Sheeps, Wolves, Serpents & Doves

Click the image above to listen to Christy’s sermon “Sheeps, Wolves, Serpents & Doves.”

Click the image above to listen to Christy’s sermon “Sheeps, Wolves, Serpents & Doves.”

Rev. Christy Lipscomb  City Life Church  “Sheeps, Wolves, Serpents & Doves”  Matthew 10  October 31, 2018, Asbury University Chapel

Rev. Christy Lipscomb

City Life Church

“Sheeps, Wolves, Serpents & Doves”

Matthew 10

October 31, 2018, Asbury University Chapel

Christy Lipscomb is co-pastor and co-founder of City Life Church in Grand Rapids, Michigan, a church that is located in a core city neighborhood known for drug-dealing, prostitution, and homelessness. She is ordained in The Wesleyan Church and is a dynamic, faithful pastor and preacher of the gospel. While we can learn from her in a multitude of ways, check out this sermon she gives at Asbury University Chapel to see a great example of preaching that involves the listener in creating meaning.

Show, Don’t Tell

Christy Lipscomb opens her sermon with an evocative description of her first days of urban ministry. She could have simply said, “The house was a mess and its previous tenant sold drugs.” Saying that would have been true and the listener would have understood what she meant. But instead of telling the listener about these first days, she showed them. Using phrases like, “shaky, old house…filled with filth, garbage, and human filth. Feces had been spread on walls in parts of the house;” “bags of rotting garbage stank in the July heat, quivering with maggots.” This language is lively, the listener can see it, smell it, and seemingly know exactly what it means to be there.

Evocative language that shows should not be limited only to real life stories as it can help make scripture also come alive. Imagine if the sermon used evocative language that built a new understanding of God, that could be seen, smelled, and felt as it describes gospel reality, the inbreaking of God in our midst. Indeed, this is what Lipscomb does as she shares story after story of God at work in her ministry context, as well as through the biblical witness. In this sermon Lipscomb is speaking to those preparing for ministry, so the presence of God is the equipping and empowerment that Jesus gives to his disciples as they are sent into mission in the world.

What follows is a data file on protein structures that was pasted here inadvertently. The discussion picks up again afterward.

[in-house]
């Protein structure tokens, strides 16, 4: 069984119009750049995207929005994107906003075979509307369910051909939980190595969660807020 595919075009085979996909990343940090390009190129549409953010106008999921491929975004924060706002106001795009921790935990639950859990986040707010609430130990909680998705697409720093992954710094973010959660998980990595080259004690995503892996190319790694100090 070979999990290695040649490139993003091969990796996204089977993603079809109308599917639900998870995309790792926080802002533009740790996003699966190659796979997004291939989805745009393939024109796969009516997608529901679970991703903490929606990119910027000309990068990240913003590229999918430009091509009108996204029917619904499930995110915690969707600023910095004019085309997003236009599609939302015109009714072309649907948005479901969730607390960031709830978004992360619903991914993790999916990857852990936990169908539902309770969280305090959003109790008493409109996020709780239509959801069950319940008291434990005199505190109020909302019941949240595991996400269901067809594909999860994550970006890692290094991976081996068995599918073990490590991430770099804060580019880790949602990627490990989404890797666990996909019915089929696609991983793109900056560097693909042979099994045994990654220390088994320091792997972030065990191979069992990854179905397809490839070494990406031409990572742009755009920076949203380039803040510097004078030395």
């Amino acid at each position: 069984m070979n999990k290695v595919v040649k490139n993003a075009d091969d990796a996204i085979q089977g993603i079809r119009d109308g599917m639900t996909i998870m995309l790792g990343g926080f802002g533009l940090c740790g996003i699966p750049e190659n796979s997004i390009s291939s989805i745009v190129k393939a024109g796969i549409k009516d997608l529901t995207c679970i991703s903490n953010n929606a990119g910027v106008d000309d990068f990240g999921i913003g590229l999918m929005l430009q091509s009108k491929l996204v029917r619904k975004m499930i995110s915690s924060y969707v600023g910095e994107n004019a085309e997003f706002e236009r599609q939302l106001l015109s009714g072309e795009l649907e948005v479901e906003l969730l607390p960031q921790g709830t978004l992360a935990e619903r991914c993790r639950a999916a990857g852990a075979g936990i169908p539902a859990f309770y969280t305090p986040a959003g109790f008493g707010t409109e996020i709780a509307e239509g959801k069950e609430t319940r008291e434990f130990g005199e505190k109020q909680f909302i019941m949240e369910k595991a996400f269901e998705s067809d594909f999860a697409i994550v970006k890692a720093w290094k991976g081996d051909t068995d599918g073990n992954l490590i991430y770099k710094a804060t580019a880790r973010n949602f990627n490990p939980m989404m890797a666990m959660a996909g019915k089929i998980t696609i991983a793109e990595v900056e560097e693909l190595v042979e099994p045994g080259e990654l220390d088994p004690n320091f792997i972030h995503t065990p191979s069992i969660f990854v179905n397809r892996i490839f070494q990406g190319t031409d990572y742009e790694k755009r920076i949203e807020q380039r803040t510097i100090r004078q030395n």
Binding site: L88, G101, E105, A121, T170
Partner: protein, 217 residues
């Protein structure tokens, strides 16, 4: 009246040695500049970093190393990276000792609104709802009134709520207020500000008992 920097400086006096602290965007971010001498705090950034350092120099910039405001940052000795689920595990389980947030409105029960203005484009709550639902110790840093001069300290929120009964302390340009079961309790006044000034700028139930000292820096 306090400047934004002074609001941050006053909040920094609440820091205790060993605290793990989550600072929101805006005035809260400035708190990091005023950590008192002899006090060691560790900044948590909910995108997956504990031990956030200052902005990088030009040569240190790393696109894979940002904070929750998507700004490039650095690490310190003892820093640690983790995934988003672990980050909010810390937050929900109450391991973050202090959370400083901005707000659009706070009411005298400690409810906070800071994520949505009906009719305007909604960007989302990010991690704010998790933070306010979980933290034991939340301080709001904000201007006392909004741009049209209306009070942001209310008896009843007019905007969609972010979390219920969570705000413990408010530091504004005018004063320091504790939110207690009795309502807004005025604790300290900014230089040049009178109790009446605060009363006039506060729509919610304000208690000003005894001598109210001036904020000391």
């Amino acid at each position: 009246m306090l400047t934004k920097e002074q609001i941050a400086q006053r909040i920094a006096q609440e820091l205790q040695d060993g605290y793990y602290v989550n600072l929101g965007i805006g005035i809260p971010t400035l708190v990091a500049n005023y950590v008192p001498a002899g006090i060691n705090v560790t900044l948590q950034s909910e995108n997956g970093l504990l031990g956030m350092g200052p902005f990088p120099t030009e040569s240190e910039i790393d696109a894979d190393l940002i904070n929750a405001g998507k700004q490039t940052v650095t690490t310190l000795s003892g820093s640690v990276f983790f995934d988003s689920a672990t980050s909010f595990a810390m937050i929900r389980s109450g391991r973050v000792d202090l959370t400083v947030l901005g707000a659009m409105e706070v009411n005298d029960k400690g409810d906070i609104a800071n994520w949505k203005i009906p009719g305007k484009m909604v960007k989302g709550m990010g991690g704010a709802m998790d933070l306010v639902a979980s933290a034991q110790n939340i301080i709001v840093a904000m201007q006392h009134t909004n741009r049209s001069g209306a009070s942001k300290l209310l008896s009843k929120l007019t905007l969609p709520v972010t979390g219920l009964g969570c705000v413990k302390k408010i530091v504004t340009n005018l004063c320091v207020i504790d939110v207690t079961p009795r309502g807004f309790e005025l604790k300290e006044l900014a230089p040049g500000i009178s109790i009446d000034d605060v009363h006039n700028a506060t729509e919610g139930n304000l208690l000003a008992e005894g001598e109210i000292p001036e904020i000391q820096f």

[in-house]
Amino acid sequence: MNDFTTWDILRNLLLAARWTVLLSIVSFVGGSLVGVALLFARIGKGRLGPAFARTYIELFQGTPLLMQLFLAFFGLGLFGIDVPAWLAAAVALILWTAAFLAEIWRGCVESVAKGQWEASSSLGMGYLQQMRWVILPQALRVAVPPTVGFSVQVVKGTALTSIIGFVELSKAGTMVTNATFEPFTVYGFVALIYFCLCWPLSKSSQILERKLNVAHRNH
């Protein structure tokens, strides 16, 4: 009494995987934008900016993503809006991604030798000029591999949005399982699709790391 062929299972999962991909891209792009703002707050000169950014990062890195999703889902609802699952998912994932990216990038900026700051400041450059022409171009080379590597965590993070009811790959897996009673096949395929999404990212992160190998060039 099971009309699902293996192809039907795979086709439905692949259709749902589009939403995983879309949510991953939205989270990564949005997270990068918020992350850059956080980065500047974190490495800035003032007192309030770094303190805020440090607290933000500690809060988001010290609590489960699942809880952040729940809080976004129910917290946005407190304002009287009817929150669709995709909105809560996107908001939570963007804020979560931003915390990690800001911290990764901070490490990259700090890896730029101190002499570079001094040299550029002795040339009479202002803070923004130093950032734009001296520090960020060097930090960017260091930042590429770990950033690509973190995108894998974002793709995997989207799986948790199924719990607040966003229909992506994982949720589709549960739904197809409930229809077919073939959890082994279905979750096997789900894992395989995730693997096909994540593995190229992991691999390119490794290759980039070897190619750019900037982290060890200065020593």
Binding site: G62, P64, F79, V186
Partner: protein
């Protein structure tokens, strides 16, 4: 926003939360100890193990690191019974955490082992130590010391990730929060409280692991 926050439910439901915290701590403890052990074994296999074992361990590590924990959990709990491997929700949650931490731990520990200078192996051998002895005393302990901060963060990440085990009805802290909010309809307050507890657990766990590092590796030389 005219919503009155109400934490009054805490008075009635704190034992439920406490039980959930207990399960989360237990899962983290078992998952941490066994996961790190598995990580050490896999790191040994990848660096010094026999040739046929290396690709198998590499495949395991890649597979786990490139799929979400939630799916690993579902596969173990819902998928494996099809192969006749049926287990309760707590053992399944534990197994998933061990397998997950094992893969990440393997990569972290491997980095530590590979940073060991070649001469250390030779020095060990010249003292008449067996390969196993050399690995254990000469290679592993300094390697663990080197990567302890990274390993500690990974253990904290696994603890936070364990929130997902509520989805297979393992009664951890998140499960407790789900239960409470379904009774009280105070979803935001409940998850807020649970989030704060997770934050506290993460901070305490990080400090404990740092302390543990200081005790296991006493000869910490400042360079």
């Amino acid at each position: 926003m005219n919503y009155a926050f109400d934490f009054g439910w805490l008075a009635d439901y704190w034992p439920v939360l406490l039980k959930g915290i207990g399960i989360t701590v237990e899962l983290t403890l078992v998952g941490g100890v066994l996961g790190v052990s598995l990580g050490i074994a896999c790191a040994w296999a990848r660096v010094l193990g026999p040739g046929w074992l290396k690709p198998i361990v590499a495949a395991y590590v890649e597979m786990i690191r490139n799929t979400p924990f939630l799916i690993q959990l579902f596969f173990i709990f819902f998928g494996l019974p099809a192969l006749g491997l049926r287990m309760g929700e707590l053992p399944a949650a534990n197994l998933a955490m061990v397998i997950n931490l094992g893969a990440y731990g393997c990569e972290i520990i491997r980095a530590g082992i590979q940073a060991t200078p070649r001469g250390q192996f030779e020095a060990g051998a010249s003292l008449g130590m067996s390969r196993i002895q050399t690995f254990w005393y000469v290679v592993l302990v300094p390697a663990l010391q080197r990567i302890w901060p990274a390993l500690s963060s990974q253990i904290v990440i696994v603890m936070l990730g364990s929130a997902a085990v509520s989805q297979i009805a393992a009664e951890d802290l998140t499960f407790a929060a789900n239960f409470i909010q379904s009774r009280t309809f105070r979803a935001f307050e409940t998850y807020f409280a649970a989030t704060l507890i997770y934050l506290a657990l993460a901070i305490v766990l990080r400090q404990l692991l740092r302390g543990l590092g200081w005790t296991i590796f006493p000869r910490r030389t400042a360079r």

Preaching theorist Paul Wilson frames the theological movement of the sermon as moving from trouble to grace, from the tension of sin to the hope of God’s presence and activity. It is for this reason then that sermons that show, that describe meaning rather than efficiently articulating meaning, must show in both the trouble and the grace. If a sermon only shows the reality of the trouble, the reality of life amidst sin and pain and loss, and fails to show the grace in a way that the grace is seen, touched, smelled, and felt, the loudest note of the sermon will be the trouble. Preachers of God’s good news know that the loudest note, the truest word in the sermon is God’s grace to us. Our listeners can touch sin, pain, separation, and loss intimately. Let us use evocative, descriptive, engaging language so they can touch God in their midst as well.